3. Start Rebuilding Your Credit History

    Once you review your credit report and fix any errors, you can start on the path to rebuilding your credit score.

    Your payment history is one of the most important factors in your credit report. It accounts for 35% of your overall FICO credit score. If you currently have accurate late payments on your credit report, there’s not much you can do to remove them. Rather, these late payments will typically remain on your credit report for up to seven years.

    What you can do is start making on-time payments. Start by setting a budget that accounts for all your bills. See if there are any budgetary areas you can cut back on. For example, can you cancel one or more online subscriptions or reduce your dining-out costs? Paying all your bills, including credit card bills, loans, and utilities, on time can start the process of repairing your credit.

    Another factor that many people overlook is credit mix. While it accounts for only 10% of your FICO credit score, it’s still important. Having the right credit mix lets lenders know you can handle many types of credit accounts responsibly.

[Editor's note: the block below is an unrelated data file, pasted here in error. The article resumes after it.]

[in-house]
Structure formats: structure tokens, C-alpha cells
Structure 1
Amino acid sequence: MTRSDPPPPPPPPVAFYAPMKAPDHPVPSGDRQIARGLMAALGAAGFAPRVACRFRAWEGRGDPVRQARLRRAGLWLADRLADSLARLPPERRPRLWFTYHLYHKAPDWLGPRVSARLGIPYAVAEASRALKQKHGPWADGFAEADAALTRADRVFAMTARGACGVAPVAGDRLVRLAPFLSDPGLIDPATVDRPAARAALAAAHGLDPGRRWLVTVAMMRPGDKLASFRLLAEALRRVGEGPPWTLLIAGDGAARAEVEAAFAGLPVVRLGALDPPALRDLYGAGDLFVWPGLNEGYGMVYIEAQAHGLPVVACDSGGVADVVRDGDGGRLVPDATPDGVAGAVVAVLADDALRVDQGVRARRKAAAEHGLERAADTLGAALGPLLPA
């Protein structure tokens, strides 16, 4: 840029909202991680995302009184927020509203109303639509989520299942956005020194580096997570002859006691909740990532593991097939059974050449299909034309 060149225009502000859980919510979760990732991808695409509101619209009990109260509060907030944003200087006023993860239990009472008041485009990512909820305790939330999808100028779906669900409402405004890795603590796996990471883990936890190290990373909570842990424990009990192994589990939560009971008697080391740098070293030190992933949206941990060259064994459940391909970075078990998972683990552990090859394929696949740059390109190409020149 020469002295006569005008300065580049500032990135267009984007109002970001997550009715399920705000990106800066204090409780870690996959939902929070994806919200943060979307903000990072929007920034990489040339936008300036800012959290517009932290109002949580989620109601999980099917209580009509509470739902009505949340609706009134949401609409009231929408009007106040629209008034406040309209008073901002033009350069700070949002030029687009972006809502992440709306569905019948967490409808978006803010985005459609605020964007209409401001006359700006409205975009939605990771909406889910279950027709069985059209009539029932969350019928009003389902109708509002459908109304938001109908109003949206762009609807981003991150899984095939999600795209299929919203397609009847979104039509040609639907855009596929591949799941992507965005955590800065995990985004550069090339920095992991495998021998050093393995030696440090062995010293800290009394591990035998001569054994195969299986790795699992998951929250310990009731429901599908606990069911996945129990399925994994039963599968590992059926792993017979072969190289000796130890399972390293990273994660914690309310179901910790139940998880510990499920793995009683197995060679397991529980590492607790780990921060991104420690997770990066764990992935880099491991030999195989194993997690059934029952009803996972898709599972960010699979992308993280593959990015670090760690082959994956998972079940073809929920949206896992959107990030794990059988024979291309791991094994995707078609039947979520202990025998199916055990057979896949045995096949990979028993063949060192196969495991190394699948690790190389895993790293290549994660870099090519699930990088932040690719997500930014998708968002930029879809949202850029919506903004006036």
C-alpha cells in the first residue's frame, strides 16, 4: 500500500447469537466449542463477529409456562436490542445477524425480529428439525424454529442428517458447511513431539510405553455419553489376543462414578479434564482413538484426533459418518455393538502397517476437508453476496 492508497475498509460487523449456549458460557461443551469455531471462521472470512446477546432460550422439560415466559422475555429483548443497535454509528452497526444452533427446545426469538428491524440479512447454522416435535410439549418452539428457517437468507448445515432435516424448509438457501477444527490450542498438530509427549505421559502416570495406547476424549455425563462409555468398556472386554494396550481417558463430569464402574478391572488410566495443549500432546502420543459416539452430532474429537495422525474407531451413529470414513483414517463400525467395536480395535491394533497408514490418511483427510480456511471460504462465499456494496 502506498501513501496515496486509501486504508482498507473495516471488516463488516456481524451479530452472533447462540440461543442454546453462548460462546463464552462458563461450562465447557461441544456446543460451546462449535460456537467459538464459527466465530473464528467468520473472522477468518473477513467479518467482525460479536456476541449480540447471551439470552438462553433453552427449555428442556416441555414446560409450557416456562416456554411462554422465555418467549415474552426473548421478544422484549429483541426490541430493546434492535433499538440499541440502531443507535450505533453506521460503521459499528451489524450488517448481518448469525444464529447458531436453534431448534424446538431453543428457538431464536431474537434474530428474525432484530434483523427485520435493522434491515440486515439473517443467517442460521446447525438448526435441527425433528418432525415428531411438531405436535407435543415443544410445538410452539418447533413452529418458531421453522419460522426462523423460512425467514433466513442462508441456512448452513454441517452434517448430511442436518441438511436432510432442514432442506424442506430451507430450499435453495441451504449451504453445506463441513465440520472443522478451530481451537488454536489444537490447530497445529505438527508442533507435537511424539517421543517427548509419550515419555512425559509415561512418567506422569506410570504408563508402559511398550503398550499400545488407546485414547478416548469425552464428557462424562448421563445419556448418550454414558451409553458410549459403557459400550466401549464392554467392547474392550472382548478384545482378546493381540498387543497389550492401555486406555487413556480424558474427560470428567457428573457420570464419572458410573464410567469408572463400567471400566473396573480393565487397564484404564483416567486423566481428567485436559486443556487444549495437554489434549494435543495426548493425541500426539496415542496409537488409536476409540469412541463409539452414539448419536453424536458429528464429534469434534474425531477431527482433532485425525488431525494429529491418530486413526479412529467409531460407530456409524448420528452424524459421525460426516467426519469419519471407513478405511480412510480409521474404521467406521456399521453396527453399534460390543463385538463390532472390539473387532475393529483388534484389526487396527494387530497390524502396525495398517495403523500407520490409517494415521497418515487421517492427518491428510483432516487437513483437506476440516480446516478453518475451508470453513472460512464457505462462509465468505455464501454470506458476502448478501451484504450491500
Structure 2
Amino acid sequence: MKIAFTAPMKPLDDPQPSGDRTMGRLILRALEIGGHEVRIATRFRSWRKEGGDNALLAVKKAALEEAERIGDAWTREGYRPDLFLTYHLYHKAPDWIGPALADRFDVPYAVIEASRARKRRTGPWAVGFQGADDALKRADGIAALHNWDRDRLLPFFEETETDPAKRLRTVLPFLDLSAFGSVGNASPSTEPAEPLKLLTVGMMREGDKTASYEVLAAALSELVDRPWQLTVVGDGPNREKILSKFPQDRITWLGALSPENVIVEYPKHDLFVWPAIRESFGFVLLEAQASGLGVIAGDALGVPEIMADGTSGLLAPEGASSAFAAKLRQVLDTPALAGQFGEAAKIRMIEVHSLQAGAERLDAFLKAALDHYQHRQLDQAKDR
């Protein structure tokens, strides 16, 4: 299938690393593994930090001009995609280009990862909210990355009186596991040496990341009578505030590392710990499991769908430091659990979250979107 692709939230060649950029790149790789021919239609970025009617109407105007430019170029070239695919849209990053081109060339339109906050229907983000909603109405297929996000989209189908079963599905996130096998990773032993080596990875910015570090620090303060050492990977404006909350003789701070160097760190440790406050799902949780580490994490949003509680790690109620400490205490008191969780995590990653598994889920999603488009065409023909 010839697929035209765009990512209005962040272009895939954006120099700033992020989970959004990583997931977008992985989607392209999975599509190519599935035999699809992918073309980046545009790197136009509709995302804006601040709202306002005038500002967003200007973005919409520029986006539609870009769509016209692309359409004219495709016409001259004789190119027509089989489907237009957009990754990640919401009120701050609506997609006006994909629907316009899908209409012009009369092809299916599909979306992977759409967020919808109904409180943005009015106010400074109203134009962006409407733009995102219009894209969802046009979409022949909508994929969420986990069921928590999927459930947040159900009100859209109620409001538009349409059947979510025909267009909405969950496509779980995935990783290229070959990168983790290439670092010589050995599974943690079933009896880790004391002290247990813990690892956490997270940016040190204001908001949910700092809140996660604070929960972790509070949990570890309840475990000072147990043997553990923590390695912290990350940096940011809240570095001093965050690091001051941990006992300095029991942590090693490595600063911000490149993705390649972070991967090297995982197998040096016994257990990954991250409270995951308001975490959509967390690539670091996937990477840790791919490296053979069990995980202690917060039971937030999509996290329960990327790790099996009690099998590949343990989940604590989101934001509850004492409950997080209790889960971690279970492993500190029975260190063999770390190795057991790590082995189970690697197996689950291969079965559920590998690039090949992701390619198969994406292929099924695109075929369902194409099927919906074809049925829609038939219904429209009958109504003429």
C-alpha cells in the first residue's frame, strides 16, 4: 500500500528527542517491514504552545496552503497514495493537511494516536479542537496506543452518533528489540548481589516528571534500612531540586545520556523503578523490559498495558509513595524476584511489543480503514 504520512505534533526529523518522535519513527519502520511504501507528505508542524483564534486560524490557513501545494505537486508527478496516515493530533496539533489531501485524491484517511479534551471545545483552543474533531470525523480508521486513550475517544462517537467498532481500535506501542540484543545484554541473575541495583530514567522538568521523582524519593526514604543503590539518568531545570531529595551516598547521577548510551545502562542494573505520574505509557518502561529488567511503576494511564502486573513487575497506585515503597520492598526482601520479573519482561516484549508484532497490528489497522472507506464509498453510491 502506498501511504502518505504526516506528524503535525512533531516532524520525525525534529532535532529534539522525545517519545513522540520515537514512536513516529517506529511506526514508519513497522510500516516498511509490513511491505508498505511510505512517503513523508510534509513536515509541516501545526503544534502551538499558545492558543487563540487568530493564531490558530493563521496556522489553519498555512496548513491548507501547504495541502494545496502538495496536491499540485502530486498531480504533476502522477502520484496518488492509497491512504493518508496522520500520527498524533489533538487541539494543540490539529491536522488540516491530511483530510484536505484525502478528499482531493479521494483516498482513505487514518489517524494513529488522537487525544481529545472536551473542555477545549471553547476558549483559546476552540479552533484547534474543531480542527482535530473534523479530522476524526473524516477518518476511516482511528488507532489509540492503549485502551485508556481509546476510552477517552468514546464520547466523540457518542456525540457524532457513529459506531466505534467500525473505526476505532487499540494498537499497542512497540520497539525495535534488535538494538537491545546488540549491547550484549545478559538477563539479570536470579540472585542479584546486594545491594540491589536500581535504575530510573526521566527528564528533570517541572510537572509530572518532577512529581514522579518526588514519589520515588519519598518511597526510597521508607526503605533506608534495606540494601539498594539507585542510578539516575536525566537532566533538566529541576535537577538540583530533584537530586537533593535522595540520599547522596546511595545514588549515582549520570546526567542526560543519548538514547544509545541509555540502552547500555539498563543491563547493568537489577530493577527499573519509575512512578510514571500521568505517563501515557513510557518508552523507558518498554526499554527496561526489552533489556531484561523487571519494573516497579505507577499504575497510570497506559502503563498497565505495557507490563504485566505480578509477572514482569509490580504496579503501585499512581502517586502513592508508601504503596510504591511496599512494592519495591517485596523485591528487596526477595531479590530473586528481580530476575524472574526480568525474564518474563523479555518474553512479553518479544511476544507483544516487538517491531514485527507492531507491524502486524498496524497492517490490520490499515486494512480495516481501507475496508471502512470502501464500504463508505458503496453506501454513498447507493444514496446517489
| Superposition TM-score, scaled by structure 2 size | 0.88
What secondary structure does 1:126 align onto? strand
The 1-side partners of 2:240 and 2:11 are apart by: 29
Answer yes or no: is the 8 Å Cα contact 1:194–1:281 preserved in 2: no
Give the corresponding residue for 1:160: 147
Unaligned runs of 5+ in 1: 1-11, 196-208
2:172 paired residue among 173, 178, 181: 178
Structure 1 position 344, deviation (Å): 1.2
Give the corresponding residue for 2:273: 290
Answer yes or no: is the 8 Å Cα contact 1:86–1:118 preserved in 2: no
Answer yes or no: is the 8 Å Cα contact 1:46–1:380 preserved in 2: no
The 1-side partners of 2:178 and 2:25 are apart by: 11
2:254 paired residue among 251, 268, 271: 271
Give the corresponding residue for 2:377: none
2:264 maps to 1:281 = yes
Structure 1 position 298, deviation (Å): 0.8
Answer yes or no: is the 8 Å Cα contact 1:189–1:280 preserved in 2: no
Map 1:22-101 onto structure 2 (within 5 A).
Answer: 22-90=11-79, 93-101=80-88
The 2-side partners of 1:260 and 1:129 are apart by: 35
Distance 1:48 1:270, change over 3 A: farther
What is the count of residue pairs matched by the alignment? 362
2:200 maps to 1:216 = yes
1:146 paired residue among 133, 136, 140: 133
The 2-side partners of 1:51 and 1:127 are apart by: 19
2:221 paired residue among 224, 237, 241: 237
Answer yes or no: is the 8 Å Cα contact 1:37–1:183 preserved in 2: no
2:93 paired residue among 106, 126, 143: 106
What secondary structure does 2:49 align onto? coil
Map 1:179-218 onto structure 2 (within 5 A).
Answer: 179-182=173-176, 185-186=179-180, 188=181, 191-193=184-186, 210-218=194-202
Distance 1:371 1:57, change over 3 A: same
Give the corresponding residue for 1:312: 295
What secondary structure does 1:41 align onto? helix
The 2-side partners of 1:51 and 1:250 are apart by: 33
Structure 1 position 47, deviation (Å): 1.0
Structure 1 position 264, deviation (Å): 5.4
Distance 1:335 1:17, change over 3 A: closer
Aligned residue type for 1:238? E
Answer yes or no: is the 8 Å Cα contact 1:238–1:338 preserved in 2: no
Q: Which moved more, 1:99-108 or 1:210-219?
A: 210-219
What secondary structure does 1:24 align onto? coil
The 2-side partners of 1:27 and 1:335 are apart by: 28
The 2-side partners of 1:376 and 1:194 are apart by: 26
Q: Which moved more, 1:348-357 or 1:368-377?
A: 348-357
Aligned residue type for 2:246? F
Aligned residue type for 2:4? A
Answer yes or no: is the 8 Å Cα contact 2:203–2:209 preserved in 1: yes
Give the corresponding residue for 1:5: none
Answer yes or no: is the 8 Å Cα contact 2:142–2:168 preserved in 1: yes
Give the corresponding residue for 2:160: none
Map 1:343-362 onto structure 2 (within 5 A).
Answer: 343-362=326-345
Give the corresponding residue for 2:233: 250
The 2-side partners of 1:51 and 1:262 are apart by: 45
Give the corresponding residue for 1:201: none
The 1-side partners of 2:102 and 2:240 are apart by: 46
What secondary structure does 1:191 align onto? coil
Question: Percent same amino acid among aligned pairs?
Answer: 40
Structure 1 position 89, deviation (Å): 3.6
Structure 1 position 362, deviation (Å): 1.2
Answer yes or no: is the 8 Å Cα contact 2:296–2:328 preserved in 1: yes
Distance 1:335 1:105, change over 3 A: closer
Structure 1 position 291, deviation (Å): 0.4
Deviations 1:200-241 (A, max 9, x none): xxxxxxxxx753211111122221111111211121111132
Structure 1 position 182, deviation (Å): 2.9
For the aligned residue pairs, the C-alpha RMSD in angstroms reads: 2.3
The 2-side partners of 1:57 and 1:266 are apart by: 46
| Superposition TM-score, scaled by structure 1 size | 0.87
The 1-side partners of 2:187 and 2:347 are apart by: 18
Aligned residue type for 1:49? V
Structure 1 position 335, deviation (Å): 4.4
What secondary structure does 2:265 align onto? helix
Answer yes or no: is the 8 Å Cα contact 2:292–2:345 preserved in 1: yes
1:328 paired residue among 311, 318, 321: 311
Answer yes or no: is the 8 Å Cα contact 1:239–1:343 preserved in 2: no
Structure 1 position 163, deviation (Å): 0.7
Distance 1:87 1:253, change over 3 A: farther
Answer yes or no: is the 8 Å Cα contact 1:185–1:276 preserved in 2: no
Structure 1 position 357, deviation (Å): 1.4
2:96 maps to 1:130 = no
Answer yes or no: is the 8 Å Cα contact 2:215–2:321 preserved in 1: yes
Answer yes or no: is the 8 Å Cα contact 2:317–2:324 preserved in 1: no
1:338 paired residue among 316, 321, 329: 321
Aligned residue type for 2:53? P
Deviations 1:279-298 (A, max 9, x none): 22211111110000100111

Take a look at your credit report and identify the various types of credit accounts you currently have. Ideally, you should try to balance installment accounts, such as car loans and mortgages, with revolving credit accounts, including credit cards and lines of credit. 

    Be careful not to apply for new accounts too often. Every time you apply for credit, it could result in a hard inquiry on your credit report. Too many hard inquiries could negatively impact your credit score—in fact, credit inquiries represent up to 10% of your FICO score.

    4. Maintain a Low Credit Utilization Ratio

    Your credit utilization ratio is another important factor impacting your credit score. It accounts for up to 30% of your overall FICO score. This value represents the amount of debt you currently owe in comparison to the total amount you can borrow.